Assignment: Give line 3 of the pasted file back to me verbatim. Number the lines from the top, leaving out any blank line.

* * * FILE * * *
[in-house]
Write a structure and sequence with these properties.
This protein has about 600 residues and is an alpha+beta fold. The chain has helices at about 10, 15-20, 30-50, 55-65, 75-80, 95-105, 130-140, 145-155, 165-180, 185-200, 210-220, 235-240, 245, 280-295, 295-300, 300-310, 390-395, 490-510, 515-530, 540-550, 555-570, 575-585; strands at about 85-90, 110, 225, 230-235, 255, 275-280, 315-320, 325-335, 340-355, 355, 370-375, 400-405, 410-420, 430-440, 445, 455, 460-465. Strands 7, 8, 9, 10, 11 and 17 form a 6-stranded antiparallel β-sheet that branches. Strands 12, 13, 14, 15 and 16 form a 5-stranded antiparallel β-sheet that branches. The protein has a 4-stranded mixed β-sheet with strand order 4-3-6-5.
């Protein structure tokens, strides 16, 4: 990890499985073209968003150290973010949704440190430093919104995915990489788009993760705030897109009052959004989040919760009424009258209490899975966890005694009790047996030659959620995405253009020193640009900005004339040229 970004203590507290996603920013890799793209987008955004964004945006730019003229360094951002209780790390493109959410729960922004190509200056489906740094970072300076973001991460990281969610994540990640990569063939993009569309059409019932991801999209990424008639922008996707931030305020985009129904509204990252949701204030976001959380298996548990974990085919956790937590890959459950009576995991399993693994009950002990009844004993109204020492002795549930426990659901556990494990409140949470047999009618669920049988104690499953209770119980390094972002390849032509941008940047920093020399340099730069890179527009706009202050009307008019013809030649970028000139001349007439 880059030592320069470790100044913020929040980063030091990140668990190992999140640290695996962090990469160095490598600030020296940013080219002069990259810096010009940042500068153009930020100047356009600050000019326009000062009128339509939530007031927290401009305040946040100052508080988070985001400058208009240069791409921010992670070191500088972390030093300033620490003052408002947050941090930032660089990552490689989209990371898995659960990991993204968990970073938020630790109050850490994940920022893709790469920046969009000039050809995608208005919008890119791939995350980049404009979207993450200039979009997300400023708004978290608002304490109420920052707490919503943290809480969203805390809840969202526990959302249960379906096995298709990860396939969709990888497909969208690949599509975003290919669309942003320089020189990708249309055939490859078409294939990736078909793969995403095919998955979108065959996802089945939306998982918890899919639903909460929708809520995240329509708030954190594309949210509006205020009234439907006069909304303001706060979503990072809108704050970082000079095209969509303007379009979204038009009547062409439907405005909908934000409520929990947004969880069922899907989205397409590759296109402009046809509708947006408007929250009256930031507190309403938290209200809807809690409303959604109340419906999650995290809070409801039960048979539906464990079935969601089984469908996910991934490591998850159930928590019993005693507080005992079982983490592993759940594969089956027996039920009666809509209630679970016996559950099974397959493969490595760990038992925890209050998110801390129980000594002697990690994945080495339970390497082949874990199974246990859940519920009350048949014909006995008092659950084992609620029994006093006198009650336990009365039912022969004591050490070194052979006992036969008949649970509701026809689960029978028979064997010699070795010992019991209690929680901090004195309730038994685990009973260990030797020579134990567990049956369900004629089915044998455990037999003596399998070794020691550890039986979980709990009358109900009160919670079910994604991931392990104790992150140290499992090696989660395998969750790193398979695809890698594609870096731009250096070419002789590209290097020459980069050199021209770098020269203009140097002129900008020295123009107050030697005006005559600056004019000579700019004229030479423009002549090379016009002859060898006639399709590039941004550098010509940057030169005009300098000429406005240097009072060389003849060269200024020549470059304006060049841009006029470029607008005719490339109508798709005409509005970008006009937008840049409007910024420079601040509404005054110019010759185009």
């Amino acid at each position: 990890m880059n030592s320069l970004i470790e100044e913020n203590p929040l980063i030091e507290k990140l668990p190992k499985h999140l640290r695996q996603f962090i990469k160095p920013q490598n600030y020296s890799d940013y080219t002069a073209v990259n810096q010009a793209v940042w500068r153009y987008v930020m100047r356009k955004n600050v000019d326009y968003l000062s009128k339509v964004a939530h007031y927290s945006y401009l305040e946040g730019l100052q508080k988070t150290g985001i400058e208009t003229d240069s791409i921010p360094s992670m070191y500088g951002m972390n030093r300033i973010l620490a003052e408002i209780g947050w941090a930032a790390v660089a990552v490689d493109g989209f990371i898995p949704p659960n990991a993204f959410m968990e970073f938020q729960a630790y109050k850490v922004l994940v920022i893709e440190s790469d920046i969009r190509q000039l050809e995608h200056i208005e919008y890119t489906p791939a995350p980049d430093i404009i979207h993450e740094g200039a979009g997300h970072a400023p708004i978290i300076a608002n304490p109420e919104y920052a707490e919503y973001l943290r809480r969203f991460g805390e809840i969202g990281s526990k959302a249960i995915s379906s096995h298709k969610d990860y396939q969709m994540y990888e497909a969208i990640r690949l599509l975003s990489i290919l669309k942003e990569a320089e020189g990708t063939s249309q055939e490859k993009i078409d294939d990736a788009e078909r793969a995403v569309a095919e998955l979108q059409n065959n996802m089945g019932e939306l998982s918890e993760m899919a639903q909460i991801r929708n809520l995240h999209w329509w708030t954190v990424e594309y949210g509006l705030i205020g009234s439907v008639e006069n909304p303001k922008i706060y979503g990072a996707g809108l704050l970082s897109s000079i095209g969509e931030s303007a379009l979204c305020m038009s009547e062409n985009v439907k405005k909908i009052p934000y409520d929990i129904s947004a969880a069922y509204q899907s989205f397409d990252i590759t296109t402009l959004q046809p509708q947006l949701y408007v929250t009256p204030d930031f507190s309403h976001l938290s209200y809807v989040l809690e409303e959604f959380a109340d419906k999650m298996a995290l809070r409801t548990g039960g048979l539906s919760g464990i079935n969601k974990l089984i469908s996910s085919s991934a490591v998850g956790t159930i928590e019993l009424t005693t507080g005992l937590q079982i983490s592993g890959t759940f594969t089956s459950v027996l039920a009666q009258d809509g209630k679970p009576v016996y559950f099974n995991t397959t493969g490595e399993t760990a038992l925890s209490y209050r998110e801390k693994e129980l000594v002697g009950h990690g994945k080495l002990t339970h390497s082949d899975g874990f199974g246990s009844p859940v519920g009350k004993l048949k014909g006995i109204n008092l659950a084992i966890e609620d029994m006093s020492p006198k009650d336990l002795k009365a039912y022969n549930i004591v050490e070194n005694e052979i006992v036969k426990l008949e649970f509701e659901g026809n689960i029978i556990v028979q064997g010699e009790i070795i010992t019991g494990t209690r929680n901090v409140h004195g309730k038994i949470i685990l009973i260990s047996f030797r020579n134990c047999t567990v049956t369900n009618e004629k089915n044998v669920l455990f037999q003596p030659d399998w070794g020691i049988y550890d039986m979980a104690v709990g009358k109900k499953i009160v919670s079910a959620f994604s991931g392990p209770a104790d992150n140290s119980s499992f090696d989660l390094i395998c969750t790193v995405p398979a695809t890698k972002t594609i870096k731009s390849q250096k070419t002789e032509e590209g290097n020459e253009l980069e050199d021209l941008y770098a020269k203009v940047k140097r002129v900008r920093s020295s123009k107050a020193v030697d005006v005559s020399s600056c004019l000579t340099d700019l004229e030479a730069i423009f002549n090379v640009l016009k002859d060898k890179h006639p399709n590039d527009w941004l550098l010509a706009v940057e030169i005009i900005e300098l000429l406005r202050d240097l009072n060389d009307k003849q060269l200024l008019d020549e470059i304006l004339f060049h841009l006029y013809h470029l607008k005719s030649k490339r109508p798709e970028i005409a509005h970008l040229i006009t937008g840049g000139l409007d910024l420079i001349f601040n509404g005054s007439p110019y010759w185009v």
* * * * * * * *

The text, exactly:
This protein has about 600 residues and is an alpha+beta fold. The chain has helices at about 10, 15-20, 30-50, 55-65, 75-80, 95-105, 130-140, 145-155, 165-180, 185-200, 210-220, 235-240, 245, 280-295, 295-300, 300-310, 390-395, 490-510, 515-530, 540-550, 555-570, 575-585; strands at about 85-90, 110, 225, 230-235, 255, 275-280, 315-320, 325-335, 340-355, 355, 370-375, 400-405, 410-420, 430-440, 445, 455, 460-465. Strands 7, 8, 9, 10, 11 and 17 form a 6-stranded antiparallel β-sheet that branches. Strands 12, 13, 14, 15 and 16 form a 5-stranded antiparallel β-sheet that branches. The protein has a 4-stranded mixed β-sheet with strand order 4-3-6-5.